Florida Waiting to Be Plugged into Duke Energy's Plans
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Already a significant energy company in Florida, Progress Energy is now backed by the largest electric power holding company in the United States.
The future of the Crystal River nuclear power plant remains under review, while the natural gas segment is expected to continue to play a significant role in Florida.
But as the leadership of Florida’s division of the company continues to see turnover, experts say it remains too early to project what Duke’s entry into Florida means for Floridians and the state’s energy giant Nextera Energy, the parent of Florida Power & Light Co., of Juno Beach.
Florida Office of Energy Director Patrick Sheehan simply responded that “the department will continue to monitor this merger with keen interest, especially in regard to choices the new merged entity makes in the areas of energy efficiency and conservation and fuel diversity.”
There's anticipation that Duke’s plans in Florida will become a little clearer on Monday when Jim Rogers, president of the Charlotte, N.C.-based company, appears before the Florida Public Service Commission, as they have requested, to discuss how the merger will impact the company’s more than 1.6 million customers in the Sunshine State.
What has caused potential shorts in making a long-term outlook is that leadership in Progress Energy Florida, the Florida division of the Raleigh-based Progress Energy, remains in flux.
Where once the Florida division, based in St. Petersburg, was deemed to be a golden location come the merger, away from the fallout expected when the offices in Raleigh and Charlotte were combined, instead word is that some upper level employees in the Sunshine State remain on edge.
The day the merger was finalized the Duke board replaced Progress CEO Bill Johnson.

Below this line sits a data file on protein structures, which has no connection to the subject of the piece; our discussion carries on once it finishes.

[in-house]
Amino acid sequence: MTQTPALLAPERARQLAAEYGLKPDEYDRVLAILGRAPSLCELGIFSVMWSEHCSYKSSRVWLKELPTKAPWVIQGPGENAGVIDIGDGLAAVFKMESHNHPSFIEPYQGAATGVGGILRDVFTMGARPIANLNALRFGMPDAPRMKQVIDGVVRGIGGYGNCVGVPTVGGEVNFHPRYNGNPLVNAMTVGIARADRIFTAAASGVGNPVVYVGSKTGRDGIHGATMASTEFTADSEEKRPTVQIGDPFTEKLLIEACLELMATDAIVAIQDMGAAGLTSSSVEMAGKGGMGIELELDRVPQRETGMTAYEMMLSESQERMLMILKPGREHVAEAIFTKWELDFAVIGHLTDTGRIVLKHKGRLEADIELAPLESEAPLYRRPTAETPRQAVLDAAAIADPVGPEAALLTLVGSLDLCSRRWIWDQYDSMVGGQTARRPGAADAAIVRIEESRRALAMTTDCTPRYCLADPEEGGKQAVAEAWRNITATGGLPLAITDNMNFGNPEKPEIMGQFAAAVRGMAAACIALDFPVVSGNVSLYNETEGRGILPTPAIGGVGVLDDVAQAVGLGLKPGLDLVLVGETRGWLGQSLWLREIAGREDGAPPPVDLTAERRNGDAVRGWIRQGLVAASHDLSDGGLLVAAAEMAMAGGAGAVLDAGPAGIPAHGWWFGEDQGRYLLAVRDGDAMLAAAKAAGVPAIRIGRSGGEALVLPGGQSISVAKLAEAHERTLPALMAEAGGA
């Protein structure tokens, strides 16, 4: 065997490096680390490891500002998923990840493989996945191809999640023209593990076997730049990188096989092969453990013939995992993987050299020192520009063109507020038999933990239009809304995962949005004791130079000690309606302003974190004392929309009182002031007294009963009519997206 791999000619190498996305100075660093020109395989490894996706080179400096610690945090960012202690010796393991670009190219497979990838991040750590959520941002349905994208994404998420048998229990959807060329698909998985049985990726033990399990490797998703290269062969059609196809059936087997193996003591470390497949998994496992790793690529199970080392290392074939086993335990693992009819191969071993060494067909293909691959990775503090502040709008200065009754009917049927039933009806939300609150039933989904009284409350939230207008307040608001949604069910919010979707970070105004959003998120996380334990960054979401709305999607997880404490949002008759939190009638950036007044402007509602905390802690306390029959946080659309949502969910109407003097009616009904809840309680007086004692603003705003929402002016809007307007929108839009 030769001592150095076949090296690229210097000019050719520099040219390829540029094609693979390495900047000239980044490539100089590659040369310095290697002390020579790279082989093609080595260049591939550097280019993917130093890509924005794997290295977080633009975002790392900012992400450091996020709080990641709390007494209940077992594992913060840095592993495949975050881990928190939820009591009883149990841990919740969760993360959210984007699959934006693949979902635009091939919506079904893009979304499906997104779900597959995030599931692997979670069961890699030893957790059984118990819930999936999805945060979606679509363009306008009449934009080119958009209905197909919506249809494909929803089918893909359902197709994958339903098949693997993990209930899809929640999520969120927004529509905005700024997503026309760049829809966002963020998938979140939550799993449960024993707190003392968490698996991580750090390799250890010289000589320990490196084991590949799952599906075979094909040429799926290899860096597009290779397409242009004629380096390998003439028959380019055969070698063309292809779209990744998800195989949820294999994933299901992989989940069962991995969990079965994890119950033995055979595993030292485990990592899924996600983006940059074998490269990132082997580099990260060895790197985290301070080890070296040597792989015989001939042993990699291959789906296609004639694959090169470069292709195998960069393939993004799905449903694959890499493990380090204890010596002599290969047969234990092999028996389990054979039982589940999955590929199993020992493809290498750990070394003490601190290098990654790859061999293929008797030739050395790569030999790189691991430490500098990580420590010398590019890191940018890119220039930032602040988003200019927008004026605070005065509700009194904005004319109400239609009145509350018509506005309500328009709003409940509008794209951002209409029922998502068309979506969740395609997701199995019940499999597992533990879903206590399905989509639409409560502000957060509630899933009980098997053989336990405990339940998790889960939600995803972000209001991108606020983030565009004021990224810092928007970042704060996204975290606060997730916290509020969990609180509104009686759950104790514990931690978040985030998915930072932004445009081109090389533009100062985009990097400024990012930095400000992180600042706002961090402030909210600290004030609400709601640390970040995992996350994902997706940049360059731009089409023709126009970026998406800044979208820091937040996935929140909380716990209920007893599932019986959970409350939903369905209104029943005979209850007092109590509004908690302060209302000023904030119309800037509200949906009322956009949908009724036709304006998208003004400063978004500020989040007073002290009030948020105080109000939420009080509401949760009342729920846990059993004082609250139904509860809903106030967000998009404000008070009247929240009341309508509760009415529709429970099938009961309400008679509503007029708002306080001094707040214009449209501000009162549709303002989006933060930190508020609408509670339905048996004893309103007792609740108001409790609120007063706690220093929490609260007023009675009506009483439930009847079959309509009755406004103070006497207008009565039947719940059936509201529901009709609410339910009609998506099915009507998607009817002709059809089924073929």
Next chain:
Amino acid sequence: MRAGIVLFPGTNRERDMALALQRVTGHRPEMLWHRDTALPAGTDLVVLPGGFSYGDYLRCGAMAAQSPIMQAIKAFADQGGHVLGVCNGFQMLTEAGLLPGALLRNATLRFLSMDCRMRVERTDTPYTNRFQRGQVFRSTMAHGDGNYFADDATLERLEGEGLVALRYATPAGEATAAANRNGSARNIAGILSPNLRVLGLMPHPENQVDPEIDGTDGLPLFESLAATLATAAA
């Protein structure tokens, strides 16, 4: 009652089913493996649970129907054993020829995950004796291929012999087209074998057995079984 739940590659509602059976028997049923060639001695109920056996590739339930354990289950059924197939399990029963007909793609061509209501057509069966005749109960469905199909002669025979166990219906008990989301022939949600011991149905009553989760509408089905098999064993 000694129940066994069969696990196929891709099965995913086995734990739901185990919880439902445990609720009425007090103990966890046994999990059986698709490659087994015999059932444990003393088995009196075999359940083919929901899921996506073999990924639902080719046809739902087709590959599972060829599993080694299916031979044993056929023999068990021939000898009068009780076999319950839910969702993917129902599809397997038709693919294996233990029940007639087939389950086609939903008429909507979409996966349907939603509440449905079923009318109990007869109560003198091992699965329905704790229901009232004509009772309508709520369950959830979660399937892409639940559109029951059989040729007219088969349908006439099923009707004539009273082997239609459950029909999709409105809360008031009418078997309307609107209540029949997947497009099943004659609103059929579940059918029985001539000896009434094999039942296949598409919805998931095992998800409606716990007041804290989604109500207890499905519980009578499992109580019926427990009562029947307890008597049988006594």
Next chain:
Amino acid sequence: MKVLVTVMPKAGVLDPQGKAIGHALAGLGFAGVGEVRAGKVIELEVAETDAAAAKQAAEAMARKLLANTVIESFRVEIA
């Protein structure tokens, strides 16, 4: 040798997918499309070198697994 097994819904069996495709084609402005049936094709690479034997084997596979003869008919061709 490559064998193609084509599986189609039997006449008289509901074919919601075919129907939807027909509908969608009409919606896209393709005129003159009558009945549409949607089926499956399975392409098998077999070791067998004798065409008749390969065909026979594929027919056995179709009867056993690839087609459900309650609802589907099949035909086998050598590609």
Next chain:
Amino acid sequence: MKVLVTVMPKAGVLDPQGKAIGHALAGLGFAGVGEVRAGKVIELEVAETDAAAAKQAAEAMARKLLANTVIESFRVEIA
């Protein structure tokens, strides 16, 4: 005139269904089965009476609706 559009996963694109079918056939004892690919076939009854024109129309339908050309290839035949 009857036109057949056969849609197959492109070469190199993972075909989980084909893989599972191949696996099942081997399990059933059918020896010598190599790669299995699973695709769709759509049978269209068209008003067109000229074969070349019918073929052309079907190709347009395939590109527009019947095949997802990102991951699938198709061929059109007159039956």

Duke Energy has asserted that Johnson made a mess of the merger between the Charlotte-based Duke and Raleigh-based Progress Energy.
When the merger was announced, besides Johnson's departure, there was little information about the future direction of the company in Florida.
A July 5 release from Duke Energy noted that each share of Progress Energy common stock had been converted into the right to receive 0.87083 shares of Duke Energy common stock and that Duke Energy will trade on the New York Stock Exchange under the symbol DUK.
But pushing Johnson out preceded other Progress executives and board members being shown the door.
Johnson’s departure has spawned an investigation by North Carolina’s utilities regulators and helped cause Standard & Poor’s to lower Duke Energy’s ratings. Duke has objected to the rating change.
Closer to home, on Wednesday Duke announced that Vincent Dolan, president of Progress Energy Florida, was retiring effective at the end of the year.
The company quickly named R. Alexander “Alex” Glenn, currently the Florida utility’s general counsel, to succeed Dolan.
No reason was given for Dolan’s decision.
David Mica, executive director of the Florida Petroleum Council, said he was surprised by Dolan’s announcement.
“Vinny was a great corporate citizen, he was very engaged in Florida public policy discussions on energy and he certainly had a team surrounding him that I think is still in place that will remain so, so I don’t know if they’ll miss a step there or not, we’ll see,” Mica said.
In a release, the company praised Dolan.
“Vinny has been an exemplary leader and a tireless advocate for Florida customers and for the company and its shareholders throughout his career,” Keith Trent, Duke Energy’s executive vice president for Regulated Utilities, stated in a release.
“Alex brings that same deep knowledge, proven leadership and commitment to work for the best possible balance of interests and perspectives of our company and customers,” Trent continued. “A transition period will ensure the change is seamless for customers, employees and the communities we serve.”
Dolan, 57, has been with Progress Energy since 1986. He had headed the company’s Florida utility, based in St. Petersburg, since 2009.
Glenn, 47, of St. Petersburg, has been with Progress Energy and Florida Power Corp. since 1996. He has been general counsel since 2008.
The move comes a week after the Charlotte, N.C.-based Duke Energy announced its second quarter net income grew 2 percent from the same point a year earlier, earning $444 million on top of $3.58 billion in revenue.
The increase was due to higher electric rates and came as net income for Progress dropped 64 percent during the quarter.
The company claimed the drop was due to three nuclear reactors in the Carolinas being shut down for refueling.
Reach Jim Turner at firstname.lastname@example.org or at (772) 215-9889.